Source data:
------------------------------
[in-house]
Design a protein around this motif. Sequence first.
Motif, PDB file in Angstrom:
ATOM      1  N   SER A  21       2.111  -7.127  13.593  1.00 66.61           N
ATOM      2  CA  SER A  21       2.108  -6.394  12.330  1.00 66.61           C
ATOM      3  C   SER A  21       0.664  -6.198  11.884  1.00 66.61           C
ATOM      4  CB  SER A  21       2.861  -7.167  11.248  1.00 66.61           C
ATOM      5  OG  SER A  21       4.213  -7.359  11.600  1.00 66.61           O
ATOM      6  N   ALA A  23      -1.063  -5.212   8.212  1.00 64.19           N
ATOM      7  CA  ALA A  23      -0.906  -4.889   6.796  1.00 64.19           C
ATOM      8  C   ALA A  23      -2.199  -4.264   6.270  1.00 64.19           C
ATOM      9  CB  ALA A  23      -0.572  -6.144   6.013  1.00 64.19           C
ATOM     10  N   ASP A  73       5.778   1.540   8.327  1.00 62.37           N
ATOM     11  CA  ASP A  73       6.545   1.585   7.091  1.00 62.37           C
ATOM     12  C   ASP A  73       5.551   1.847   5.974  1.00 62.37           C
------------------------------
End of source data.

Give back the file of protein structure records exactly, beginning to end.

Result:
[in-house]
Design a protein around this motif. Sequence first.
Motif, PDB file in Angstrom:
ATOM      1  N   SER A  21       2.111  -7.127  13.593  1.00 66.61           N
ATOM      2  CA  SER A  21       2.108  -6.394  12.330  1.00 66.61           C
ATOM      3  C   SER A  21       0.664  -6.198  11.884  1.00 66.61           C
ATOM      4  CB  SER A  21       2.861  -7.167  11.248  1.00 66.61           C
ATOM      5  OG  SER A  21       4.213  -7.359  11.600  1.00 66.61           O
ATOM      6  N   ALA A  23      -1.063  -5.212   8.212  1.00 64.19           N
ATOM      7  CA  ALA A  23      -0.906  -4.889   6.796  1.00 64.19           C
ATOM      8  C   ALA A  23      -2.199  -4.264   6.270  1.00 64.19           C
ATOM      9  CB  ALA A  23      -0.572  -6.144   6.013  1.00 64.19           C
ATOM     10  N   ASP A  73       5.778   1.540   8.327  1.00 62.37           N
ATOM     11  CA  ASP A  73       6.545   1.585   7.091  1.00 62.37           C
ATOM     12  C   ASP A  73       5.551   1.847   5.974  1.00 62.37           C